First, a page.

@ bob:
I wasn't writing precisely, just trying to point to the "good" lurking in the background of the "unrelated" etymological root. Within ideal monotheism, there is no good apart from God. The goodness of the good is its movement toward the divine, but somehow it's also joined to the infant being taught (teaching itself) not to touch the flame, and the dog being taught not to pee on the carpet.

@ bob:
Interestingly, to me, the words "god" and "good" are thought not to be related etymologically, even though the old English root for "good" is "god," and though there may have been a time when the same word was used for both at least in some forms. Even better, the precise derivation of the word "god" is disputed, though the best guess seems to be that it goes back to an ancient Persian word for "invoke, implore." It's hard for me to see what one would be seek though such invocation other than some stamp of the good, but that could also be because the idea of the Good is an irreducible philosophical category and presumption - making it the "one, unique, and eternal" philosophical category and presumption. So the relationship between "god" and "good" in English - parallel and interdependent and yet separate or separately derivable is similar to the relationship between religion and ethics.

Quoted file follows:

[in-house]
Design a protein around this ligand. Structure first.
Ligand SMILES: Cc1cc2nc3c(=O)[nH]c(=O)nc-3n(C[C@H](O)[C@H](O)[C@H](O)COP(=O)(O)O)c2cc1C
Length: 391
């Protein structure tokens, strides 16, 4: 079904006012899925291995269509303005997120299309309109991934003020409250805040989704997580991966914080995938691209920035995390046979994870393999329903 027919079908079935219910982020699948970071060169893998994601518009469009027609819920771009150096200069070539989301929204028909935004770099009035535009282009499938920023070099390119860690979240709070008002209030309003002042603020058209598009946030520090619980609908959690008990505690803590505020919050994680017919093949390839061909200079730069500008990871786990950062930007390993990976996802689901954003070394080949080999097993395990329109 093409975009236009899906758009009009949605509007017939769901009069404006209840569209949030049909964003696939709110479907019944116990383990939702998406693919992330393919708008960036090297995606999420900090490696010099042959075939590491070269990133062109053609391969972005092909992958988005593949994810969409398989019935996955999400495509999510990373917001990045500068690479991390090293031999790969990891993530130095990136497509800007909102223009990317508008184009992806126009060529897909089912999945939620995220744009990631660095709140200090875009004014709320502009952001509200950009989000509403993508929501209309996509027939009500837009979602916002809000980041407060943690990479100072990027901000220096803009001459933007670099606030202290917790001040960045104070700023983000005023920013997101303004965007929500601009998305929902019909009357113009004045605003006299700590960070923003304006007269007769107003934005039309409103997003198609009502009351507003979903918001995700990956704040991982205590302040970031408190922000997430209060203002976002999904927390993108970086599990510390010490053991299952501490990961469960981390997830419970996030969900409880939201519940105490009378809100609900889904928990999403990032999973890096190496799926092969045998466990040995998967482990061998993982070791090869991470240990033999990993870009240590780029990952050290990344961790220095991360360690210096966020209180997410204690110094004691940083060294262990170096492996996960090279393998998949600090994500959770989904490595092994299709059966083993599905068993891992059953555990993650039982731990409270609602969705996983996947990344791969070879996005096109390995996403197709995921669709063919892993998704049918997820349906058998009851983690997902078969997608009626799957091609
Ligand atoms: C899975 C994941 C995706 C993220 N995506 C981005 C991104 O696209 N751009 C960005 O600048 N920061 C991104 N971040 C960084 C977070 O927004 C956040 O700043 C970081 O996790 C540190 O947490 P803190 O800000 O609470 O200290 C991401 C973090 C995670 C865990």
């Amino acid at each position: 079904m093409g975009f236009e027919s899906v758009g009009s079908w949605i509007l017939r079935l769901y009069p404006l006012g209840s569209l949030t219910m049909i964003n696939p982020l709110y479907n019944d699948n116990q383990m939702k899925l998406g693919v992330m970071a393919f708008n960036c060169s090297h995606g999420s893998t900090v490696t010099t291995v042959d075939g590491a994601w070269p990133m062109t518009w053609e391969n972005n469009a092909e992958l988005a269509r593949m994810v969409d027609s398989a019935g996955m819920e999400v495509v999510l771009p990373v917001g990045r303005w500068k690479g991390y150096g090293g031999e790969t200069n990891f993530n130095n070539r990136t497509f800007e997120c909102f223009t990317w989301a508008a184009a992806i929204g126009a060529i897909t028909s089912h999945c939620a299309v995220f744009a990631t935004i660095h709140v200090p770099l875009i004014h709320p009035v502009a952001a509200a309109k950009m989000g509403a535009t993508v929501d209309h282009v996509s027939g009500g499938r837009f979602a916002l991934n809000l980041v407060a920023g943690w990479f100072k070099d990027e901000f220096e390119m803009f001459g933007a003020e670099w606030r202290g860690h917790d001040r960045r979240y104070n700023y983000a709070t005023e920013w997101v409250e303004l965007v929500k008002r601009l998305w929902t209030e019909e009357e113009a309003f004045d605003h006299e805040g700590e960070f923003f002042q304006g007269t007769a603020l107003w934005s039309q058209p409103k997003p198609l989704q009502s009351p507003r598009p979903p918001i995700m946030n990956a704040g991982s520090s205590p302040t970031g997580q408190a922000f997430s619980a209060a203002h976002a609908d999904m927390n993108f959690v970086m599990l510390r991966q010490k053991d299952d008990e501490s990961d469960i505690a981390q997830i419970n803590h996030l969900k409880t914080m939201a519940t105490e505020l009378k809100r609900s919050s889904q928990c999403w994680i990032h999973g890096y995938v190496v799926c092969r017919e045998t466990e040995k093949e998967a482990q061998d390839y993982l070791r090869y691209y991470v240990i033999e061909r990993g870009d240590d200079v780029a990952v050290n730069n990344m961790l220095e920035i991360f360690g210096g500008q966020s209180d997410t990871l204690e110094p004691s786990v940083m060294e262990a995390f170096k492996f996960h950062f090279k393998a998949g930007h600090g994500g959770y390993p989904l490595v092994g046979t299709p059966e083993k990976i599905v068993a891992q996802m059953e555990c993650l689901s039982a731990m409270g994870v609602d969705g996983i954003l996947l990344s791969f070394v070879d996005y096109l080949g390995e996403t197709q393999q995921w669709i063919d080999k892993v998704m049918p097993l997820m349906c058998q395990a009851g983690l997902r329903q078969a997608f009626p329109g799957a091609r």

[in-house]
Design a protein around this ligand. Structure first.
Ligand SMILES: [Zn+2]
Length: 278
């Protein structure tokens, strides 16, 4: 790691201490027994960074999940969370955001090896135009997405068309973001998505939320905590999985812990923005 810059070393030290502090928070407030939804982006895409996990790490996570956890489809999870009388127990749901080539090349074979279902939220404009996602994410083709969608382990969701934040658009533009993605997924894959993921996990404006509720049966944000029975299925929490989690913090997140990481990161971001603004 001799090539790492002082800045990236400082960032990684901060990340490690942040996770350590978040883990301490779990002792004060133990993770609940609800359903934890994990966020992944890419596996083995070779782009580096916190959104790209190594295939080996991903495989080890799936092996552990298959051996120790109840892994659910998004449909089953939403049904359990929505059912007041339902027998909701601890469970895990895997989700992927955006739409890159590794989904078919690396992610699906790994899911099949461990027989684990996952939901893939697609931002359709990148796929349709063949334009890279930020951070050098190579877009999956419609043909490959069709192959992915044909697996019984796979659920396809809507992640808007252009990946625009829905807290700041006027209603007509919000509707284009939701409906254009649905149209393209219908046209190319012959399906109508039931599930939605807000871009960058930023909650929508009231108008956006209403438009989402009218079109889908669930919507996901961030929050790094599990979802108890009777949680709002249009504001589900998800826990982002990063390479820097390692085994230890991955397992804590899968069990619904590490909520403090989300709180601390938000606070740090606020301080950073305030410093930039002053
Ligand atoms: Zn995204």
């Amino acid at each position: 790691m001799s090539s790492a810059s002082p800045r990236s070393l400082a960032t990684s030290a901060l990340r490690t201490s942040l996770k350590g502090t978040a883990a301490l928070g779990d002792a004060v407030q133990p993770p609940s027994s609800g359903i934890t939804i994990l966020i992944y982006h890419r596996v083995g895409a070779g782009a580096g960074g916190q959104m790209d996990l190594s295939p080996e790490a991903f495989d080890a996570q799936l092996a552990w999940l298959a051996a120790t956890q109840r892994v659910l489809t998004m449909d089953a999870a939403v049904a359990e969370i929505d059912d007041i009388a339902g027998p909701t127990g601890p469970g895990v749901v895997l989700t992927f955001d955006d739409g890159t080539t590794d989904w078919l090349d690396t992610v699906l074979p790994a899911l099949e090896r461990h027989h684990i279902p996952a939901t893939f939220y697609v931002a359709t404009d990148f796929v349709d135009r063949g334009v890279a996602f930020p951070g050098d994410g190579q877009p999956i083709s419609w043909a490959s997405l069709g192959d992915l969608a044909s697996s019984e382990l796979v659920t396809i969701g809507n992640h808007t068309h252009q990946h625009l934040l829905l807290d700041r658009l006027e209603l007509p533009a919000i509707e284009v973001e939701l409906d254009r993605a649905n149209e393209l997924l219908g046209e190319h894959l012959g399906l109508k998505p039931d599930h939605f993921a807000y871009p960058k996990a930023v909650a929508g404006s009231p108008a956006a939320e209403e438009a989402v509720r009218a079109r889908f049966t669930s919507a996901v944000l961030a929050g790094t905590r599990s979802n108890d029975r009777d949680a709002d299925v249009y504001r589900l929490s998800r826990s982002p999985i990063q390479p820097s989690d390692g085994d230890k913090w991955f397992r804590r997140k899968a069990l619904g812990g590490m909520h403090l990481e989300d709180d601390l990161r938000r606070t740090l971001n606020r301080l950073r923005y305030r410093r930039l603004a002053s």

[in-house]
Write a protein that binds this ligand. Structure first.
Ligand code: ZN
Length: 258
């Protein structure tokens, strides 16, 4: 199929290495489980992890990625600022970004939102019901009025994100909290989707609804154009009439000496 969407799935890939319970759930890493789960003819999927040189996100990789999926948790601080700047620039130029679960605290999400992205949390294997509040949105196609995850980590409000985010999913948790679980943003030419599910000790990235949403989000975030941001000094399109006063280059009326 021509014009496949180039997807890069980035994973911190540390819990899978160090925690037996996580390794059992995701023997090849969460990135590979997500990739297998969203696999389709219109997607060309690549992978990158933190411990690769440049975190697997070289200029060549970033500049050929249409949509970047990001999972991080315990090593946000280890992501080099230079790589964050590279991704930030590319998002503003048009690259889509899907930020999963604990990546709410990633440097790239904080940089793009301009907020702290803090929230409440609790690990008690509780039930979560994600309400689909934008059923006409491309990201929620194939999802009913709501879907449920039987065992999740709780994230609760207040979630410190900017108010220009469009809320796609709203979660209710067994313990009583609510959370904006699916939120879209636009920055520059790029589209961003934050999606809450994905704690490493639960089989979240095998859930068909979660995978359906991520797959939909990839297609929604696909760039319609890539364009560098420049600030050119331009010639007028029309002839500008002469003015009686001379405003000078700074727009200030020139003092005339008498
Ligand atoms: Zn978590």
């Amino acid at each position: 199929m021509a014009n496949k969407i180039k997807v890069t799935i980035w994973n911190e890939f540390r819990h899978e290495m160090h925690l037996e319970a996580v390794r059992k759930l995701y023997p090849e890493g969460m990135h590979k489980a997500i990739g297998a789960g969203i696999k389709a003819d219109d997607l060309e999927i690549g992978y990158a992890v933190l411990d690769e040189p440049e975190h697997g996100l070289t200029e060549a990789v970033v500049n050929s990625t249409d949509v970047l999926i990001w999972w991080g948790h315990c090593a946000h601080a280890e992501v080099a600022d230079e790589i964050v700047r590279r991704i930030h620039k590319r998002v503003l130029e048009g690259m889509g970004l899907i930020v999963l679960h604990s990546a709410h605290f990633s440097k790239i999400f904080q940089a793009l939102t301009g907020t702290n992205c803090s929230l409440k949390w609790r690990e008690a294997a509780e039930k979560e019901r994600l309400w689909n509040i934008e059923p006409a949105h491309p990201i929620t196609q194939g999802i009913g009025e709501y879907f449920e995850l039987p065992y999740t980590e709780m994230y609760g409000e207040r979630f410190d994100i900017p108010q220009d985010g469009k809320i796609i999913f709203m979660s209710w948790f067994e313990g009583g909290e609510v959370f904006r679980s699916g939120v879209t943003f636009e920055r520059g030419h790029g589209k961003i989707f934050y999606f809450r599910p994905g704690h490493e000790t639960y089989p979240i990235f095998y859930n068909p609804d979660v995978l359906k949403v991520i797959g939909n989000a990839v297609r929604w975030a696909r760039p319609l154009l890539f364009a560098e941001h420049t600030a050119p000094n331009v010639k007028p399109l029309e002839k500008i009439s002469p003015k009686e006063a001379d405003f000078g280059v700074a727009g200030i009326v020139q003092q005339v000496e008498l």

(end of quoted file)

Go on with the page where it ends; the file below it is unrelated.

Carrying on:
@ bob:
Except "a good death" has been a major part if not the foundation of diverse ethical and religious philosophies.

The only alternative might be to view dying the right way as not rare, but inevitable (karma): every death a dying "in the right way," while leaving open the question of how much ability we have to affect what that right way turns out to be.